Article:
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SD West 2008 Neil Ford's Software Development West presentation, 10 Ways to Improve Your Code, was aimed at Java programmers, but Ford's "advanced code hygiene" discussion had wisdom for coders of many stripes.

Ford is a senior application architect and "meme wrangler" at ThoughtWorks, an IT consultant that specializes in development and delivery of software, and that is home to object-oriented development, refactoring and agile authority Martin Fowler. Ford's talk covered a lot of territory, from test-driven development to advice on "good citizenship."

Ford advised attendees to:

1. Write the tests before writing the code. TDD stands for "test-driven development," but Ford believes it's more useful to think of it as "test driven design." "If you're rigorous about doing it, it has beneficial side effects on the design of your code that has nothing to do with testing," he said. Among those benefits: it discourages embedded object creation, forces mocking of dependent objects, and forces the earliest possible object interaction decisions.

2. Use static analysis tools. "If you're paying the static-typing tax in Java and C# anyway, you should take advantage of that in static analysis tools," Ford said. He cited two categories of these tools: byte-code analysis tools, such as the FindBugs open source tool; and source-analysis tools, such as PMD.

3. Practice "good citizenship" by paying attention to how well your objects interact with the outside world. "Never let them exist in an invalid state," Ford advised. "Mutations should always move from one known good state to another known good state." He also advised you should avoid the singletons, because they mix responsibilities by mixing static and state.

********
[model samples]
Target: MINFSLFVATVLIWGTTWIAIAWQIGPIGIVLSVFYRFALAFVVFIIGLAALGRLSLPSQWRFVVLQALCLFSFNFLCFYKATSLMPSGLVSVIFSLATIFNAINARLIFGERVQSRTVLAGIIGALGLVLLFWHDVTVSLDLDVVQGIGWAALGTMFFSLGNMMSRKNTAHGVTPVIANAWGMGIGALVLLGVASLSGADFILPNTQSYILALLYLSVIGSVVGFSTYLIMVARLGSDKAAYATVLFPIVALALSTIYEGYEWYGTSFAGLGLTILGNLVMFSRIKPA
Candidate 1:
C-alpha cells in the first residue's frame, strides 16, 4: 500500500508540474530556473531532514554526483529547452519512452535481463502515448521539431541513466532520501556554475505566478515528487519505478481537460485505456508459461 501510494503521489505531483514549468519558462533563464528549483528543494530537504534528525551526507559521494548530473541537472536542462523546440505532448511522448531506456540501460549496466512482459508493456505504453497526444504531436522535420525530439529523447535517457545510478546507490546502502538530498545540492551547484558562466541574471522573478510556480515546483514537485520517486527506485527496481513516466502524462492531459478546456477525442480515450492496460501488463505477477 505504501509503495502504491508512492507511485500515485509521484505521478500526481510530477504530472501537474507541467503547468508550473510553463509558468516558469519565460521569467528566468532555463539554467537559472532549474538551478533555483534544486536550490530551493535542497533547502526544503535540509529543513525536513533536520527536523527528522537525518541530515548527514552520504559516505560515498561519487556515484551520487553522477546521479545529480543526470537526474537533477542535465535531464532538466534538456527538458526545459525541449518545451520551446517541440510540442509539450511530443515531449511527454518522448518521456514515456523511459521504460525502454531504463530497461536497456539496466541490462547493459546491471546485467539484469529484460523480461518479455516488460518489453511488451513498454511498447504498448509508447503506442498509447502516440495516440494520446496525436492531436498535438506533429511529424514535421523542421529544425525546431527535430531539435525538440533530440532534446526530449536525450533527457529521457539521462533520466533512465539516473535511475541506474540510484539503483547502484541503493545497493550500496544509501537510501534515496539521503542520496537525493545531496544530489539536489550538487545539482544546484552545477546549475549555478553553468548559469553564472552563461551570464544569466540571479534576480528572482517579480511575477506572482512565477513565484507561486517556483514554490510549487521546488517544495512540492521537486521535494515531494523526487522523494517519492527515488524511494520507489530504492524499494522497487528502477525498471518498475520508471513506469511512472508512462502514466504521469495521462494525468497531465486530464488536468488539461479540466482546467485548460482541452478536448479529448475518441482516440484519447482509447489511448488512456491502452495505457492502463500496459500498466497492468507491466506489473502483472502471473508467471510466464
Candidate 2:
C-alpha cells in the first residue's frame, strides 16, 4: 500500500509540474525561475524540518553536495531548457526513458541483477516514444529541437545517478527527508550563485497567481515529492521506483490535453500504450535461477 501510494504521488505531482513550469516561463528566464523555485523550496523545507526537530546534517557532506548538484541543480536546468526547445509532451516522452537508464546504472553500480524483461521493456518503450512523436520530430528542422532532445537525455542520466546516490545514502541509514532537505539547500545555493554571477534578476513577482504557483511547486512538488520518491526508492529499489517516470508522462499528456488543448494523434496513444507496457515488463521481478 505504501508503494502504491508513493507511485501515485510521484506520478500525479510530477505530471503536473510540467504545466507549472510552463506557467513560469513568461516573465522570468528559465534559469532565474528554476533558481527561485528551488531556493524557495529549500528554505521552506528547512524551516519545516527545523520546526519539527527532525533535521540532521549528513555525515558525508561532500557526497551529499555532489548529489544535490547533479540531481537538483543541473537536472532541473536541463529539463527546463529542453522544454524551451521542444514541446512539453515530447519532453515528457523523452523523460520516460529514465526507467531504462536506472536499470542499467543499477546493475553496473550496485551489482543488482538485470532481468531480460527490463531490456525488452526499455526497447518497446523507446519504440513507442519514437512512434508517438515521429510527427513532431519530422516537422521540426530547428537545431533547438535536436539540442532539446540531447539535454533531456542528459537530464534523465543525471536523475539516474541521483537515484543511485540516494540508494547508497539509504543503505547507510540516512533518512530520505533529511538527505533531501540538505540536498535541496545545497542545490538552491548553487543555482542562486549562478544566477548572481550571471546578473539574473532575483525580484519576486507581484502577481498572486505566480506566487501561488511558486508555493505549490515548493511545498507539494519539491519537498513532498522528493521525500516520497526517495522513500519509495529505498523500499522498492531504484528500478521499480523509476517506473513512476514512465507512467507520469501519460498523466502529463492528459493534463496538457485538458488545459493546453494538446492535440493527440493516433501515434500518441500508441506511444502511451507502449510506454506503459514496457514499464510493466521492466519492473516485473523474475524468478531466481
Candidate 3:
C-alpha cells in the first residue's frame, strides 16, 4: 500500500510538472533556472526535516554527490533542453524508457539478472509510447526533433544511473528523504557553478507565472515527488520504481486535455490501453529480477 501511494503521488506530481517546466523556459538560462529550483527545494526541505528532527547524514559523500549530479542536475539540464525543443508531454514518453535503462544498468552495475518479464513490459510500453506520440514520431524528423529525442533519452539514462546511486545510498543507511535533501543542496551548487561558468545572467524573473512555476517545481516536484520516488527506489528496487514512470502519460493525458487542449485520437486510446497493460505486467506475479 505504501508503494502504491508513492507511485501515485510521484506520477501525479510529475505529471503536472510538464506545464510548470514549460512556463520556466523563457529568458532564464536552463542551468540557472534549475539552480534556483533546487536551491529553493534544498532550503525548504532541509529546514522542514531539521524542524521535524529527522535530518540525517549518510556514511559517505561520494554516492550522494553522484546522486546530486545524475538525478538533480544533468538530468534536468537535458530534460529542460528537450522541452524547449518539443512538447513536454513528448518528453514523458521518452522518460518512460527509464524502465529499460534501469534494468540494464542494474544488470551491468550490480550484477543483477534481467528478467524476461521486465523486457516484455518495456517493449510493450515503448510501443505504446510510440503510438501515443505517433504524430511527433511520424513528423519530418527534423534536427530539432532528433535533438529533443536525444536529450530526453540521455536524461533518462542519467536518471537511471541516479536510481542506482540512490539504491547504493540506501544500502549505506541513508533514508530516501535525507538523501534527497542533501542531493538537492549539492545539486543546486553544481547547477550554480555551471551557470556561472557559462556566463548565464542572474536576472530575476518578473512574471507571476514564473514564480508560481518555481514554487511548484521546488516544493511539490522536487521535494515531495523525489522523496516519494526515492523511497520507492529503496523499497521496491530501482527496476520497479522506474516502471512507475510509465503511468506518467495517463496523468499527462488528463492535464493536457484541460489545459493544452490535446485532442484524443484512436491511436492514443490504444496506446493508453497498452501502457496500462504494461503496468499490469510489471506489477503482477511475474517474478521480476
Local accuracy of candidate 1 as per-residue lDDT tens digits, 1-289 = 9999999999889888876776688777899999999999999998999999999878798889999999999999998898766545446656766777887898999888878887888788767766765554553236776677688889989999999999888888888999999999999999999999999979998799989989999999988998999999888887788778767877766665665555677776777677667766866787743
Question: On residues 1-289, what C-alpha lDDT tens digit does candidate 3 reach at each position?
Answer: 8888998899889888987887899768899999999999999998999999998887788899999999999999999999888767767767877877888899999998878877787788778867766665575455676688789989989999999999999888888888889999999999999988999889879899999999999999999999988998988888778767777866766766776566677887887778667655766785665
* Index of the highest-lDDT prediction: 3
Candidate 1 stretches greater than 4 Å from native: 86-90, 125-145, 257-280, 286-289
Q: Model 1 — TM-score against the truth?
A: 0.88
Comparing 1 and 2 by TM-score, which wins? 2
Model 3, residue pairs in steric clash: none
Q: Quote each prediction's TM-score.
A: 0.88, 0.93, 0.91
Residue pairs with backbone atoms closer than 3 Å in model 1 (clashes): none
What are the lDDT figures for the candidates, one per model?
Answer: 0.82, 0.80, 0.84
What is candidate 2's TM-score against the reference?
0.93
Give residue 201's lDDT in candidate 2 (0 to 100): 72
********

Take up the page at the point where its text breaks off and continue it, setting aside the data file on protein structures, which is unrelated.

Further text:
4. Avoid indulging in speculative software development. "The goal should be to build the simplest thing we need right now," he said. The practice increases software entropy, he added, which is a measure of code complexity.

5. Simplify essential complexity and kill accidental complexity. "It's the difference between, 'the problem we have is hard,' and 'we've made the problem we have hard,'" he said.

6. Challenge programming conventions, such as writing long, unreadable test names, and blindly following the JavaBean specification to the detriment of your code.

7. Embrace single level of abstraction principle (SLAP). The idea is based on advice from Kent Beck's book Smalltalk Best Practices and Patterns, Ford explained, which states that every public method should be as short as possible, and should consist of steps, each one of which is a private method. "Don't make abstraction leaps in your code," he said.

8. Leverage existing platforms with languages targeted at specific problems and applications. "This notion that there's this one true language that you should write everything in is melting away," Ford said. Coders should think in terms of "polyglot programming," because it takes advantage of "looming opportunities/ problems," such as massively parallel threading.

9. Learn every nuance of the languages you're using. If you're using Java as your everyday language, Ford said, there are a lot of "back alleys" worth investigating. For example: Java's reflection mechanism and regular expressions, which are widely misunderstood.

10. Change your perspective and consider "antiobjects." An antiobject is a kind of object that appears to do the opposite of what we think it should do, Ford explained. The object metaphor sometimes impedes the solution "by making us try to create objects that are too inspired by the real world."®

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